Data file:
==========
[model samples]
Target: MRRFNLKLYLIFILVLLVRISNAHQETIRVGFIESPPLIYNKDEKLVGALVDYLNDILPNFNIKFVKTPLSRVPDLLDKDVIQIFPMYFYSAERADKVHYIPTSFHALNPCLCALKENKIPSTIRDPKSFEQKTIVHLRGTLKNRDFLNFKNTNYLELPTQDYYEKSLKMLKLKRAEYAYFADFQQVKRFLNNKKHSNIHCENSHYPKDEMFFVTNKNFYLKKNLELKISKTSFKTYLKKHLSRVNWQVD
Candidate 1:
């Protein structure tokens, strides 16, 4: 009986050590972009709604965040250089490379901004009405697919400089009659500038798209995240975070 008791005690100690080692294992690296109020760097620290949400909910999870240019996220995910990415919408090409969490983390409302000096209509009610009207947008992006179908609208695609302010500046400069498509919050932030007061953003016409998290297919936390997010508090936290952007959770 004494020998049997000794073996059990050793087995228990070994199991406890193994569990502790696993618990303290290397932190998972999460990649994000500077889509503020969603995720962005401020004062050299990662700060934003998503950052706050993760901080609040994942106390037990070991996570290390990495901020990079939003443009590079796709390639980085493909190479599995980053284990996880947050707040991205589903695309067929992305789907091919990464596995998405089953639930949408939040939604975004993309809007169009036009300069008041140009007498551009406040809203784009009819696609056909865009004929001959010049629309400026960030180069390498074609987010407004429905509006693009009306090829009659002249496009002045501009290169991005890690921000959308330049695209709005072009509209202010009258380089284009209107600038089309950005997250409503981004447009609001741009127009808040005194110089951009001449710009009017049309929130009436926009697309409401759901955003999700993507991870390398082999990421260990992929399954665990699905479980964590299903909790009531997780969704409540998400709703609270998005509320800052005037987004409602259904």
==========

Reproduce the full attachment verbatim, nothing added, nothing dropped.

[model samples]
Target: MRRFNLKLYLIFILVLLVRISNAHQETIRVGFIESPPLIYNKDEKLVGALVDYLNDILPNFNIKFVKTPLSRVPDLLDKDVIQIFPMYFYSAERADKVHYIPTSFHALNPCLCALKENKIPSTIRDPKSFEQKTIVHLRGTLKNRDFLNFKNTNYLELPTQDYYEKSLKMLKLKRAEYAYFADFQQVKRFLNNKKHSNIHCENSHYPKDEMFFVTNKNFYLKKNLELKISKTSFKTYLKKHLSRVNWQVD
Candidate 1:
């Protein structure tokens, strides 16, 4: 009986050590972009709604965040250089490379901004009405697919400089009659500038798209995240975070 008791005690100690080692294992690296109020760097620290949400909910999870240019996220995910990415919408090409969490983390409302000096209509009610009207947008992006179908609208695609302010500046400069498509919050932030007061953003016409998290297919936390997010508090936290952007959770 004494020998049997000794073996059990050793087995228990070994199991406890193994569990502790696993618990303290290397932190998972999460990649994000500077889509503020969603995720962005401020004062050299990662700060934003998503950052706050993760901080609040994942106390037990070991996570290390990495901020990079939003443009590079796709390639980085493909190479599995980053284990996880947050707040991205589903695309067929992305789907091919990464596995998405089953639930949408939040939604975004993309809007169009036009300069008041140009007498551009406040809203784009009819696609056909865009004929001959010049629309400026960030180069390498074609987010407004429905509006693009009306090829009659002249496009002045501009290169991005890690921000959308330049695209709005072009509209202010009258380089284009209107600038089309950005997250409503981004447009609001741009127009808040005194110089951009001449710009009017049309929130009436926009697309409401759901955003999700993507991870390398082999990421260990992929399954665990699905479980964590299903909790009531997780969704409540998400709703609270998005509320800052005037987004409602259904």